A Norwich love story: from the Dungeons to a dynasty

16 September 2019

A Norwich love story: from the Dungeons to a dynasty

Originally published 2018

Back in 1783, Norwich was the backdrop for one of the most peculiar love stories his city has ever seen. This is how, in 1787, two inmates from Norwich Castle Gaol went on to become one of the founding families of modern Australia.


Breaking, entering and a stroke of luck

Henry Kable was 20 years old when he was convicted for breaking and entering into the house of a Mrs Hambling, in Albrugh, South Norfolk. Along with his father, and a family friend named Abraham Carman, Henry reportedly ‘stripped the house of every moveable’, and even left behind several empty wine bottles…

Sentencing was swift and direct; Henry’s father and his friend were hanged outside Norwich Castle, before a crowd assembled in the Cattle Market. However Henry himself was shown some leniency: he received a commutation of his sentence, and was kept in a holding cell to instead await transportation to America.

Whilst Henry had been spared the same fate as his father, transportation was a grim sentence. Convicts had been sent to the American colonies for years, and worked in terrible conditions. Many did not survive, and were forced to many years of hard labour surviving on the bare minimum of food, water and shelter. Luckily for Henry though, the advent of the American Civil War meant that ships had stopped sailing across the Atlantic, and until the authorities had decided what to do with the hundreds of prisoners also sentenced to transportation, Henry Kable would be kept in the dusty gaol at Norwich Castle.

Against the odds…

The prison was grim. Communal gaols such as the one Henry was placed in held 20 or so prisoners on a single cell. Within the straw filled dungeon of the castle (which sometimes flooded with water!), gaolers would make their living from money and bribes extracted from the inmates, and male and female prisoners would be housed together. It was here that Henry Kable met the love of his life: Susannah Holmes, who was 19 at the time, and imprisoned for stealing over £2 worth of silver and linen from the house of Jabez Taylor. In the three years that followed Susannah’s imprisonment, the two met, fell in love and in 1786 became parents to a baby boy, born within the gaol. Henry asked for permission to marry Susannah, but as at the time convicts were outside the law, his request was denied.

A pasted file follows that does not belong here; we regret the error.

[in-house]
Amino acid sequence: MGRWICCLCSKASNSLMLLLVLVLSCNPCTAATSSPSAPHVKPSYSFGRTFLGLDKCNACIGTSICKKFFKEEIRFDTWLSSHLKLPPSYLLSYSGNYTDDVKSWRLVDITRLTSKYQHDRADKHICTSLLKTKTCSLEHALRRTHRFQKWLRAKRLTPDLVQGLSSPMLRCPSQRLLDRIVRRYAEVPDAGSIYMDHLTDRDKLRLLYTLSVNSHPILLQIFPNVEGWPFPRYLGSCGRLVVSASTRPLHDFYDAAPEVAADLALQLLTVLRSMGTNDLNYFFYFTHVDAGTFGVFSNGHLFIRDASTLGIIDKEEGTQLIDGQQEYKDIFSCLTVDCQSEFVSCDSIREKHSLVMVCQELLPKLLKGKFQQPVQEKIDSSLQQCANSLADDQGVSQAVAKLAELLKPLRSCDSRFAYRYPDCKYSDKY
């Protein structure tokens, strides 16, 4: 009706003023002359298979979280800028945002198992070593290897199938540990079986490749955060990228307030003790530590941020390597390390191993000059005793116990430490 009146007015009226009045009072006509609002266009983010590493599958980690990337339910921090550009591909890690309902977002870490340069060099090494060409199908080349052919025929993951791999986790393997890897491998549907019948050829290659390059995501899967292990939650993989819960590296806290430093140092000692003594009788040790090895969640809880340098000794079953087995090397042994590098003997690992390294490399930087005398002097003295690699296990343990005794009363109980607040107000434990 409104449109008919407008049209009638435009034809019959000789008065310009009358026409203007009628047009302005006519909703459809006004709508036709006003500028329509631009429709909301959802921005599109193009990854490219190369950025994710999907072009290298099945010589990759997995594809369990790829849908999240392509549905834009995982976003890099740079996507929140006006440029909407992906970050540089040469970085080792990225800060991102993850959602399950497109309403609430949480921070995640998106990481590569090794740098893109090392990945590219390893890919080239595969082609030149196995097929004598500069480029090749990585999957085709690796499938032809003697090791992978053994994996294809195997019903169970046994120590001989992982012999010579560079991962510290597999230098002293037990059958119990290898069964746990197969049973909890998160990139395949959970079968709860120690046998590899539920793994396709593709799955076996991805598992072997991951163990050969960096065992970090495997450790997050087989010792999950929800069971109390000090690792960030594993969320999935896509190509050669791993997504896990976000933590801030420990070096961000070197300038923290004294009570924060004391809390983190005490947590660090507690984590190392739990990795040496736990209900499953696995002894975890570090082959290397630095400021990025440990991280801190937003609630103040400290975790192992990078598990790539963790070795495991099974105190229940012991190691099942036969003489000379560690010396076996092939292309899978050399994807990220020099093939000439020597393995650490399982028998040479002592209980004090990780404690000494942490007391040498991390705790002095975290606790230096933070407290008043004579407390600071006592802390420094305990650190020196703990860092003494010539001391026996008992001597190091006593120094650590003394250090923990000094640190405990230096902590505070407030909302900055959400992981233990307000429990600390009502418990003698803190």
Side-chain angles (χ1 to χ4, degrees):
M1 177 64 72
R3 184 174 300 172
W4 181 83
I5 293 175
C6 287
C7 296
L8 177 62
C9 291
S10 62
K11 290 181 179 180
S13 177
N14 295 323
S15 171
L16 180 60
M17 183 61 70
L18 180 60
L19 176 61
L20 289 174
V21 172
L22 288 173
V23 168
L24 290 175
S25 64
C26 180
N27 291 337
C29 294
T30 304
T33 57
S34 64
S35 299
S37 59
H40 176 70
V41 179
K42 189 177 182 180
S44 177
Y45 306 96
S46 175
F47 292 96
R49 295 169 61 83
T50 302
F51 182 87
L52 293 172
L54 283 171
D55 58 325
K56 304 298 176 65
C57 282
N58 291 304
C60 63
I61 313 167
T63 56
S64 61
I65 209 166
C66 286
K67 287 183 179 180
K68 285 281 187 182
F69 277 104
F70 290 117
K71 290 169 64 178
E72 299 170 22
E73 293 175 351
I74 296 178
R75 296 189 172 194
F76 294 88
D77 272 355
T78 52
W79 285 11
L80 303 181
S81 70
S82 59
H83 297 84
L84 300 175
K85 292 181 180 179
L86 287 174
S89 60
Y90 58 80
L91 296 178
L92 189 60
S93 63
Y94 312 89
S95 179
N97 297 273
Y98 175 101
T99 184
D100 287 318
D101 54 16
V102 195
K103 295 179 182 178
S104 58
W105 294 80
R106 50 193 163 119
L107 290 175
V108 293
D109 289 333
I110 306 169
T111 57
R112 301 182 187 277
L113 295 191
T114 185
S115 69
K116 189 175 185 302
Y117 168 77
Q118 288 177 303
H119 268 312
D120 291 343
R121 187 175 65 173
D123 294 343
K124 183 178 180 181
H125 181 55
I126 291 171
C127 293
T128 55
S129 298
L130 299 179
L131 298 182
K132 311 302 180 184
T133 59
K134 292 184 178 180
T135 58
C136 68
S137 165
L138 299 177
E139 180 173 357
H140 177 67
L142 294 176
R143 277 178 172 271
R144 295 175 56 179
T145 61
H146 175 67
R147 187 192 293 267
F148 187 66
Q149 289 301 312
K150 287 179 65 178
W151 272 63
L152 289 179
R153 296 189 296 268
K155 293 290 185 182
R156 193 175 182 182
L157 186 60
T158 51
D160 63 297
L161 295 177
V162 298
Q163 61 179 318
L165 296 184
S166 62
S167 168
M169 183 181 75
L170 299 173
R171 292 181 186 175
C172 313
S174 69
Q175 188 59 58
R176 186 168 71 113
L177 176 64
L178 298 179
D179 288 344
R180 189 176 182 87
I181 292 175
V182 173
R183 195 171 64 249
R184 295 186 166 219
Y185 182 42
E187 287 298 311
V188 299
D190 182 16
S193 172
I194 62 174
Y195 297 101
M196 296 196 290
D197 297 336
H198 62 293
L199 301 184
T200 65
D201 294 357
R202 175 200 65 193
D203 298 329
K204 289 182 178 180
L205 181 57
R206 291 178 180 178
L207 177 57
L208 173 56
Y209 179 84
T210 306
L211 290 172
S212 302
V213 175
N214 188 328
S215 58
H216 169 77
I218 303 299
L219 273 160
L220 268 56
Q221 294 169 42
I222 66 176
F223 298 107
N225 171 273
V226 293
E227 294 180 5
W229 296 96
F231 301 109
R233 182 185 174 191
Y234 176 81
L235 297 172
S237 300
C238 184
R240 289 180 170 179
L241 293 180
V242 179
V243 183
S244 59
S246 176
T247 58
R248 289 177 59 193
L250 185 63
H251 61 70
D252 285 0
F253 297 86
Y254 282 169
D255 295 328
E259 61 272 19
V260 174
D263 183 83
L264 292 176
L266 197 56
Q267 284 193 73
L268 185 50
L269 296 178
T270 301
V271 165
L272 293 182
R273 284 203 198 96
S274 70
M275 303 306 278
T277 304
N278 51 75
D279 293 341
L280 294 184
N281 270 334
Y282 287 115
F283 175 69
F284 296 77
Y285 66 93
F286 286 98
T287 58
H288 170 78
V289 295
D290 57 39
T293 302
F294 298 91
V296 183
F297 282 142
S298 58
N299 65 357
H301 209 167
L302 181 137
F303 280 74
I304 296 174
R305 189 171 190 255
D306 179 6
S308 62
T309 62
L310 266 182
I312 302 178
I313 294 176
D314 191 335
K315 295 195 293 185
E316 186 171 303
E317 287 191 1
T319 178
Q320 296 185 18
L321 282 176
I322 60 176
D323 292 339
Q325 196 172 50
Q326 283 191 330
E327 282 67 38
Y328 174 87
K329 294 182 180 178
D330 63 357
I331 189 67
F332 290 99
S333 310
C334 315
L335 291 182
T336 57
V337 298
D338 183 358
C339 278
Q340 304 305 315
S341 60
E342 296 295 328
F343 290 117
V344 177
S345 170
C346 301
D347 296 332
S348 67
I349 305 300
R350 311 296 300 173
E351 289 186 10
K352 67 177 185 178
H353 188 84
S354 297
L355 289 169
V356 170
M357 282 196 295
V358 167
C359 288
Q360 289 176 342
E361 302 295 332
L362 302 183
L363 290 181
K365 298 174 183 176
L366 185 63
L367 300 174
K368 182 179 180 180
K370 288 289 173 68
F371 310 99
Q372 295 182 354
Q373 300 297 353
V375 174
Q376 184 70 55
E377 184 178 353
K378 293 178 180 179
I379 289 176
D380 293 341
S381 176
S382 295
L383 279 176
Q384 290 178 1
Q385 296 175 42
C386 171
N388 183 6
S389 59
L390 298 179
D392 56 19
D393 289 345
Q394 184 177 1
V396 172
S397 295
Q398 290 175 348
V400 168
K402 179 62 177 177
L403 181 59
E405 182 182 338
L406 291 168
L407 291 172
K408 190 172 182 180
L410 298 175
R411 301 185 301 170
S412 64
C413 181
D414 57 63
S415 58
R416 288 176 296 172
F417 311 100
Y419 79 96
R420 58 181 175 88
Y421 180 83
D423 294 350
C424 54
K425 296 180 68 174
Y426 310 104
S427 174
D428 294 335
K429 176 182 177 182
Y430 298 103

In the same year as the birth of Henry and Susannah’s baby (named Henry junior), plans were made to send 750 British convicts to a new colony on the east coast of Australia. In order to keep numbers of male and female convicts even, the British government ordered that female inmates housed in gaols such as Norwich were to be held in the prison hulks at Plymouth, to await their transportation to New South Wales. So it was that Susannah Holmes and her baby were to be sent to Plymouth, and Henry’s request to marry his lover and accompany his family to Australia was again refused. The young family were separated.

John Simpson accompanied Susannah, her baby and two other female inmates on the 325 mile coach journey to Plymouth. Once at the dock however, the ship’s Captain told Susannah that she could not take her baby onto the ship with her, and poor Susannah was taken placed in the cells below the deck of the ship, screaming and shouting.

An act of courage

John Simpson, who had seen the whole scene unfold, stepped in to help. In an incredible act of kindness and courage, he gathered up the baby and took the first stagecoach to London, going straight to the Home Secretary, Lord Sydney. He appealed to Sydney to reunite the Norwich family. Public sympathies were so stirred up by the story that Sydney relented, and John Simpson travelled back to Norwich to take Henry Kable to Plymouth, and bring the family back together. In fact, the media attention around the story was so great that a public petition raised £20 to buy a box of provisions for the family, to take to the new colony.

So, on the 11th of March 1787, eleven ships set sail to Australia, and Henry, Susannah and their baby began their passage across the sea. 8 months later, they arrived at their destination as a part of a fleet made up of 600 male convicts, 178 female convicts and 200 marine guards, to begin the hard work building a new settlement. There, upon the instructions of Lord Sydney (the namesake of the new colony), Henry and Susannah were finally allowed to marry, and on the 10th of February, 1788, theirs become the first wedding ceremony to be held in Australia.

From rags to riches

The Kables went on to prosper in their new home in Botany Bay, and are now heralded as one of the founders of modern Australia. Extraordinarily, Henry went on to become chief constable of the new colony, and owner of an enormous property portfolio (including half a dozen farms and a hotel called the Ramping Horse – rumoured to be named after Norwich’s Rampant Horse Street). Susannah was loyal to Henry all her life, and went on to have 9 more children. The entire family is buried in Windsor, Australia, and even today their ancestors meet to celebrate their convict heritage. Back in Norwich, very little evidence survives of the two young lovers, who miraculously escaped the death sentence to become instrumental in what has become the thriving city of Sydney.


This post is written with thanks to Mark Mower, and his book ‘Bloody British History: Norwich, and Jocelyn Mack from AST Norfolk. If you fancy checking out the Dungeons, Norwich Castle run Dungeon tours – to find out more click here.